“Mixes” was released in August 1998 as Kylie’s time with deconstruction was dwindling by the day, but it found an audience with dance fans and clubbers who embraced it with open arms. It reached No.63 in the UK and has gone on to sell 20,000 copies there, a welcome addition to the 80,000 copies that “Impossible Princess” had sold in that territory. The album was released in Australia under the title of “Impossible Mixes” (the UK still had “Kylie Minogue” as the title of the album at this point) and peaked at No.37, not bad for an album of mixes, many of which had already been issued as additional tracks on the three singles previously released.

Kylie would depart deconstruction very soon after to bigger, brighter and better climates. “Light Years” would reignite Kylie’s career at the dawn of the new century and it seems the world has been unable to get her out of its head ever since!

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Written by Christopher Smith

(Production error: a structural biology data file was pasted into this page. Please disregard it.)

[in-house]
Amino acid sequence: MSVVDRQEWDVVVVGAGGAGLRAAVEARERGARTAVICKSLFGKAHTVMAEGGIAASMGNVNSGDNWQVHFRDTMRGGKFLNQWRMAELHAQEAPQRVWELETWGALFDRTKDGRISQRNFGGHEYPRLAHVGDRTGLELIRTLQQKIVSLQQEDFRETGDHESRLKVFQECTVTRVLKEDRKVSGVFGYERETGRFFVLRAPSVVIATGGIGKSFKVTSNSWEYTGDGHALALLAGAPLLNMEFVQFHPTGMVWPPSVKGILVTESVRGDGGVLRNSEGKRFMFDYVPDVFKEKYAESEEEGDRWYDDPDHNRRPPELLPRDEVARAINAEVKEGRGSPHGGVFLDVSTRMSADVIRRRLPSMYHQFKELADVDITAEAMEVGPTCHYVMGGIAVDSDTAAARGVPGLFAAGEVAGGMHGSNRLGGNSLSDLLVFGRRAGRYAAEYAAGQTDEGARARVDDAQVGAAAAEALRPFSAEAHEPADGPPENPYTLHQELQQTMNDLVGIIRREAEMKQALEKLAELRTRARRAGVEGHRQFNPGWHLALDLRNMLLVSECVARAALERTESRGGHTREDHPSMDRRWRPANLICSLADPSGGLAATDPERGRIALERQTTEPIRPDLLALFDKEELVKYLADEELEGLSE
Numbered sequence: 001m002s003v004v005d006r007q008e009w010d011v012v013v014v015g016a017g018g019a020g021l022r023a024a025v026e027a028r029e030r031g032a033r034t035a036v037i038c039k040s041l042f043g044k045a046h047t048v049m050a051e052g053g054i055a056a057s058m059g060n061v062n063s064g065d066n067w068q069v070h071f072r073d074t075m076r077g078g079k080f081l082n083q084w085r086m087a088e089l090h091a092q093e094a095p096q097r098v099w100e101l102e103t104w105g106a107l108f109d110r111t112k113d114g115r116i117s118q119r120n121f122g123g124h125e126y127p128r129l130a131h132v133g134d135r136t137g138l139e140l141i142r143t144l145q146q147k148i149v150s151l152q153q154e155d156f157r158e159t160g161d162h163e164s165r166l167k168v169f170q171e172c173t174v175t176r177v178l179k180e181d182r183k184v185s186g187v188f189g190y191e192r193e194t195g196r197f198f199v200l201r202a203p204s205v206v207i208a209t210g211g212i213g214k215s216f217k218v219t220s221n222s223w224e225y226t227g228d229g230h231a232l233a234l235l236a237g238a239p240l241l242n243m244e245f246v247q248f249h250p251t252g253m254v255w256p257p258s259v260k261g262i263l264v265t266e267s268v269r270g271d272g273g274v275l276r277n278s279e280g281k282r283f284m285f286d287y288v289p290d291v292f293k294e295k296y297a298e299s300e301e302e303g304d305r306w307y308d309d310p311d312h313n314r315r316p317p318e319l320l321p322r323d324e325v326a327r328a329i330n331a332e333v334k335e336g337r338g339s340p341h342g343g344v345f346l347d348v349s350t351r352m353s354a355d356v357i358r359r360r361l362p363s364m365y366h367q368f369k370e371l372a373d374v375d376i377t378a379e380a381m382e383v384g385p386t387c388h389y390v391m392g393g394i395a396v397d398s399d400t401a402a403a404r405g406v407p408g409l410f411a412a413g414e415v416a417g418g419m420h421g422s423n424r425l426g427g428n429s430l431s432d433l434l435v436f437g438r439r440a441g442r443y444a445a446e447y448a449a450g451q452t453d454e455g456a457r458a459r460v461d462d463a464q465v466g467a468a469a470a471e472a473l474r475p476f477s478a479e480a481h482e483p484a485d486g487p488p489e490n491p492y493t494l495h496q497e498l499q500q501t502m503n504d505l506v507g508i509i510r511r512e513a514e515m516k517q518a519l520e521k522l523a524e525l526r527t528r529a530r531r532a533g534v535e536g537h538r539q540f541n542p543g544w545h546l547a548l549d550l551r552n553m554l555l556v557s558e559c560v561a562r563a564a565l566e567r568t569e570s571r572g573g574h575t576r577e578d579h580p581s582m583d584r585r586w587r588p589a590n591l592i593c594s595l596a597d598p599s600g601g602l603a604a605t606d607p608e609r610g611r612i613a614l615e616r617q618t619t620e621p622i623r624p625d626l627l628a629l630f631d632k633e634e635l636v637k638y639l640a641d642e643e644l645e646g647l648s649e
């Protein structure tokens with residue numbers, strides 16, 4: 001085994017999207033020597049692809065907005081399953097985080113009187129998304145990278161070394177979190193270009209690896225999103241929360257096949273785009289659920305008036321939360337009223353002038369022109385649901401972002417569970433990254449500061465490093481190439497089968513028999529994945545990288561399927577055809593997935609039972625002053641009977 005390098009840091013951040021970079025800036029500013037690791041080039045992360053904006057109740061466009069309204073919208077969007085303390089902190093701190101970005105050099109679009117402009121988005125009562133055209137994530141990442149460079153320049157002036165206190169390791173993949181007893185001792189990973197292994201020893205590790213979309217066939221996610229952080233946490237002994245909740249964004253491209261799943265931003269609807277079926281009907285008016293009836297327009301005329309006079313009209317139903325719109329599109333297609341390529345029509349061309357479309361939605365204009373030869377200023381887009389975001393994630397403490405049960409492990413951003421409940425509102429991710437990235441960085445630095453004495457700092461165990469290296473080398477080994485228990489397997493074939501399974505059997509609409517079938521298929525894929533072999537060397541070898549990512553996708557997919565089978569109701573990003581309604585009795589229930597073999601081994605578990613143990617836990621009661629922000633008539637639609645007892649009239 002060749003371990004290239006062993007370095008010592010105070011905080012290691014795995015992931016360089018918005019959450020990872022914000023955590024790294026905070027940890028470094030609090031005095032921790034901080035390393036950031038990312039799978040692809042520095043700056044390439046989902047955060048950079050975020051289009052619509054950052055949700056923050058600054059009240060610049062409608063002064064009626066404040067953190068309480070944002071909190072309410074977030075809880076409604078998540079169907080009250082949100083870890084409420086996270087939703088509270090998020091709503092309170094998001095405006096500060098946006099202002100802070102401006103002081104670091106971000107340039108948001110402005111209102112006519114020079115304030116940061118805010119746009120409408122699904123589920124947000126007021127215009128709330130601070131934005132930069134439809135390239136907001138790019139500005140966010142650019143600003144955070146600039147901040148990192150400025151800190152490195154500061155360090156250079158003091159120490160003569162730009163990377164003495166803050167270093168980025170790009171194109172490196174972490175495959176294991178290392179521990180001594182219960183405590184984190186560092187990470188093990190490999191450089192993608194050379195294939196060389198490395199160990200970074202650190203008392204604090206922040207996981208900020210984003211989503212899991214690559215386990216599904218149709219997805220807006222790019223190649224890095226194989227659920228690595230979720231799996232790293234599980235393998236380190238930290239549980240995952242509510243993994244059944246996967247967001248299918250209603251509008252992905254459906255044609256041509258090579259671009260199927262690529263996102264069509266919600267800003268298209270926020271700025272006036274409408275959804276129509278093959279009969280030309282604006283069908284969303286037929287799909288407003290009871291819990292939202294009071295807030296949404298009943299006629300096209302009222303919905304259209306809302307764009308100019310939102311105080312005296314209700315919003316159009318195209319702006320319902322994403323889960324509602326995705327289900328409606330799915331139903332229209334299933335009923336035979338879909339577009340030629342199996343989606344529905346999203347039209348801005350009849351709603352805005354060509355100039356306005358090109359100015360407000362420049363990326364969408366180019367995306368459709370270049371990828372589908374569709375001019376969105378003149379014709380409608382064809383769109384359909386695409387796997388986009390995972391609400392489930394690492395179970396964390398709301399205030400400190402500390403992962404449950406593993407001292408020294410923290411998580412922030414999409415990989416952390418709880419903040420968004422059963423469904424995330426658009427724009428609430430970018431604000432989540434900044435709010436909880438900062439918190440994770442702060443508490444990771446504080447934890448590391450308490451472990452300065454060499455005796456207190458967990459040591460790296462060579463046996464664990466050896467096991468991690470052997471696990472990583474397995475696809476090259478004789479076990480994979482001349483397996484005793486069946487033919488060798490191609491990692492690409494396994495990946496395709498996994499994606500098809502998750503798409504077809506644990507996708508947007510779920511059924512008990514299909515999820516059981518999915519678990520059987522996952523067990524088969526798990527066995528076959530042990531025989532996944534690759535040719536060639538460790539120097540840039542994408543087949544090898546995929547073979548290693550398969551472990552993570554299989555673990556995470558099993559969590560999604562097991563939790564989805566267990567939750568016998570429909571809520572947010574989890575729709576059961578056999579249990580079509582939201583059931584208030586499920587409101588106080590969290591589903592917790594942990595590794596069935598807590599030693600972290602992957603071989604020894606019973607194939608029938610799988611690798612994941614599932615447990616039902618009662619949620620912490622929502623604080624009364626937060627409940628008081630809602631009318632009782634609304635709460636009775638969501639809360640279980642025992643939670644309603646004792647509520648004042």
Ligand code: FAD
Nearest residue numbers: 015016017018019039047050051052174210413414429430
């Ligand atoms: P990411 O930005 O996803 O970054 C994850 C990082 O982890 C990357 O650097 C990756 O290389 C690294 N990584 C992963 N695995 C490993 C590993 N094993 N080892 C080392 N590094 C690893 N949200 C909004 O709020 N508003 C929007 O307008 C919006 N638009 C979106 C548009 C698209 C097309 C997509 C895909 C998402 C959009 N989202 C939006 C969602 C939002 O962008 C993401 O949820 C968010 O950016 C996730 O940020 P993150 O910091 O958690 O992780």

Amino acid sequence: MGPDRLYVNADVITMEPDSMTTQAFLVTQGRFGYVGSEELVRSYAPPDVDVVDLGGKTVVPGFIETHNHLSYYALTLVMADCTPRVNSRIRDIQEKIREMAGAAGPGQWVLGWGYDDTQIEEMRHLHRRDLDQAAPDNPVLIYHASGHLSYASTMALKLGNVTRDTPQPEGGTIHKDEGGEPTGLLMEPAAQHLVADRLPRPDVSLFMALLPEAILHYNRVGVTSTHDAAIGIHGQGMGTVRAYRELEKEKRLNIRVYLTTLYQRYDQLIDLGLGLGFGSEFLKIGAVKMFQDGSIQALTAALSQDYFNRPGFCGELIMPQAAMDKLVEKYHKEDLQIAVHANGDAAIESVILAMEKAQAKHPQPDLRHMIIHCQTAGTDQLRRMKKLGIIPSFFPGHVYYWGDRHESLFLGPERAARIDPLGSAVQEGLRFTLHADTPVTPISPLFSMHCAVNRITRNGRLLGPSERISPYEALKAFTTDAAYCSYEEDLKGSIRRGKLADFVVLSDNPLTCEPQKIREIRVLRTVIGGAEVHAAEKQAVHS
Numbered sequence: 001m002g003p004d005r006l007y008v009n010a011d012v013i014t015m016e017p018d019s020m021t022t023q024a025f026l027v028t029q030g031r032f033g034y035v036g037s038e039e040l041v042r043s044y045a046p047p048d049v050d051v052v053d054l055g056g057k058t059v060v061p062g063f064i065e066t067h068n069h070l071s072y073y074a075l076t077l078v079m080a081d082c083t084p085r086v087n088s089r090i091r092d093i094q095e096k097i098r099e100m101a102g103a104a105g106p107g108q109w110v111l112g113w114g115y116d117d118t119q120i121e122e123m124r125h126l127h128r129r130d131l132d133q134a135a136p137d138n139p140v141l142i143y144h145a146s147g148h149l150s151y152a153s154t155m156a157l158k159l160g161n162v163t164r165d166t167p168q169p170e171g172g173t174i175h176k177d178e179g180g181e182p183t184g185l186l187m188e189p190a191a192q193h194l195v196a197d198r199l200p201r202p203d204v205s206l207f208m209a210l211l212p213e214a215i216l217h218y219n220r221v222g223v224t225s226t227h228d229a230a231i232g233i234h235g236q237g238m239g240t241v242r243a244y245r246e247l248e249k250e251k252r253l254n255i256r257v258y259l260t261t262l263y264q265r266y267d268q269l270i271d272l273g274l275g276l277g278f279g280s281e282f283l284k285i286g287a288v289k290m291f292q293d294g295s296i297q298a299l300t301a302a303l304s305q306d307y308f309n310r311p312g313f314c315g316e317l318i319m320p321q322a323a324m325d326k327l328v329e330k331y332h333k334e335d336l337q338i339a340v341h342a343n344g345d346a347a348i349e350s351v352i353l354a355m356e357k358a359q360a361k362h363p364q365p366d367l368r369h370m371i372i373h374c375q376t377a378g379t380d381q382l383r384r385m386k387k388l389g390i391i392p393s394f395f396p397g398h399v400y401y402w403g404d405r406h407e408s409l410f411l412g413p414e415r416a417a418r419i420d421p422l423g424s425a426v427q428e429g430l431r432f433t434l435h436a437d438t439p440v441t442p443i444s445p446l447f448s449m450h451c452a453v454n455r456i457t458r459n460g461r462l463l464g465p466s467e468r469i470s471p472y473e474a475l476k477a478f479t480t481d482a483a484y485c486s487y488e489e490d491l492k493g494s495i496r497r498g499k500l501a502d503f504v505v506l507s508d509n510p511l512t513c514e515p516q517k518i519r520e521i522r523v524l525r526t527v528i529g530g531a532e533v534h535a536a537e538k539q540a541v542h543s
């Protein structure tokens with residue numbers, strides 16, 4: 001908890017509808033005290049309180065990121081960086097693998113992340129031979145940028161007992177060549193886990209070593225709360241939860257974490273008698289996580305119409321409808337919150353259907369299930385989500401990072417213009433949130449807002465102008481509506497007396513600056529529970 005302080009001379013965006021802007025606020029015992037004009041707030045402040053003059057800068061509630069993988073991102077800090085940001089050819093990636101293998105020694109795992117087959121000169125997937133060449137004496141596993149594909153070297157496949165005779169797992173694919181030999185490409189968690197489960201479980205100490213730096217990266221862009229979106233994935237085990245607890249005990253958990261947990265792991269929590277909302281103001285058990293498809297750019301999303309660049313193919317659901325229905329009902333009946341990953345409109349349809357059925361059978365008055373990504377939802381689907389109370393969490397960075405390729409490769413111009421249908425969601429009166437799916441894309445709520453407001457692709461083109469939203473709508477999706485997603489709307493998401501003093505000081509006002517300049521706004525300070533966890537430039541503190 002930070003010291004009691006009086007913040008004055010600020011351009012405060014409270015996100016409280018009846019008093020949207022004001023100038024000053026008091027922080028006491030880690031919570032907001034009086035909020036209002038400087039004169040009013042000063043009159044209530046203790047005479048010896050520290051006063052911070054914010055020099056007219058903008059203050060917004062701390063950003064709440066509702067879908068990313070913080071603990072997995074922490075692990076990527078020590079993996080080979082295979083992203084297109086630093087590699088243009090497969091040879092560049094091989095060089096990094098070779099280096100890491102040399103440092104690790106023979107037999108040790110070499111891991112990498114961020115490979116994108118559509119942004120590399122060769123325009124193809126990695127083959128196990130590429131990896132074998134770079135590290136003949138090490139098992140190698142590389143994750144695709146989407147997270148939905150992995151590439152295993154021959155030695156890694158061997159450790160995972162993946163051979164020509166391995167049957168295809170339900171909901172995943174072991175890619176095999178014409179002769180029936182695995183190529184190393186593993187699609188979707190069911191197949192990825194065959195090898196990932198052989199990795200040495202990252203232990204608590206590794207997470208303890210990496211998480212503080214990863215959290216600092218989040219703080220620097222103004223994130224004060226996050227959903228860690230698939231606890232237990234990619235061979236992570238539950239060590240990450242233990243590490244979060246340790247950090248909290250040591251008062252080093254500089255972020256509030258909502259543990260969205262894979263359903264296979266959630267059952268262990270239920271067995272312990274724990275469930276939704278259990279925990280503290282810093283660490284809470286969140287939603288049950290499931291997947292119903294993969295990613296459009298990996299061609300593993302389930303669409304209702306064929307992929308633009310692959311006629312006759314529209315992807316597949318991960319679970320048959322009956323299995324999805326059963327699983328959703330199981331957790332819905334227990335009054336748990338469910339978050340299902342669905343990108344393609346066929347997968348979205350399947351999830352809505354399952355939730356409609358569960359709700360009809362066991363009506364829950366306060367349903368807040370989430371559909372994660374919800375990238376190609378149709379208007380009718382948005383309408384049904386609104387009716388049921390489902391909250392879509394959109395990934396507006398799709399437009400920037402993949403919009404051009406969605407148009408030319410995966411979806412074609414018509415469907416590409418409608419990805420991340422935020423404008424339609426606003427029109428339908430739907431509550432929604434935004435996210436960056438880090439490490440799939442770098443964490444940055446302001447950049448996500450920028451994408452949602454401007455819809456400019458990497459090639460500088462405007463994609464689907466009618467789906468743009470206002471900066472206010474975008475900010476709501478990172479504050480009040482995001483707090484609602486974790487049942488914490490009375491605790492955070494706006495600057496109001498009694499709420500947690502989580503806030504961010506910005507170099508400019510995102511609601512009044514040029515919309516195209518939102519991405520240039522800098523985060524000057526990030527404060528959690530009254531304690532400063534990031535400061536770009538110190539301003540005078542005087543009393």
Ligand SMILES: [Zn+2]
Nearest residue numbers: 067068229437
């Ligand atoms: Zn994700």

So perhaps you’ve read an article or two that I’ve written and wondered “just who is this character?”! Well I thought maybe it would be time to introduce myself and what I’m all about. Well it’s all about the music! Having been born in the late 1970’s I was heavily influenced by my parent’s love of ‘popular’ music and rock and roll of the 1950’s and 60’s. My Mother always said she should of married Elvis and my father was, and is still, in love with Sandie Shaw! But while my Dad’s tastes stopped in about 1967, my Mum carried on loving music throughout the 70’s, 80’s and beyond. My first memory was playing on the floor whilst my Mother was ironing one day with the radio on, and hearing ABBA’s “Super Trouper” dancing my nappy off to it! Maybe that’s where it all went wrong…?! Having been subjected to all and sundry in my infant years, I finally found my feet in the mid-1980’s and began ‘partying’ to the likes of Culture Club, Stevie Wonder(!), Elkie Brooks and Bananarama to name but a few! The year 1987 would have a profound effect on my listening tastes and from thereon in my life would be dominated with buying and listening to music. Any number of outstanding songs were released and listened to that year, most notably “Nothing’s Gonna Stop Us Now”, “I Wanna Dance With Somebody” and “La Isla Bonita”. That Summer my mind was completely taken over with music and sounds I’d never heard before and I was totally taken in by it all. My father would say “whaaar rubbish you got on naaaaao?” (I’m from Norfolk!) but I was hooked. And it continued so for the rest of the decade and the next. At the beginning of 1988 I ‘met’ my true love and the singer I’ve worshipped more than any other artist or group. You may know of her. She’s from Australia…! Aside from pop music, my tastes are many and varied and continues to grow and expand as I ‘mature’ in age. I’ve always been heavily interested in films and in particular the mechanics of film making and of course film music, so scores and subsequently orchestral music takes up a lot of my tastes and collection. 90’s dance and club tunes also takes up much of the space in my head and I’m surprised my brain has stopped shaking from the years of abuse it took being dragged to nightclubs, often three times a week in my 20’s! I find with each year that passes I regress back to my youth and of course the 1980’s. 80’s music dominates and the lust to see as many 80’s acts and singers play live now is insatiable. I’m still getting into the groove as much as every breath I take, but I’m never gonna give up listening to my heart and pumping up the volume, simply because I LOVE MUSIC…any kind of music!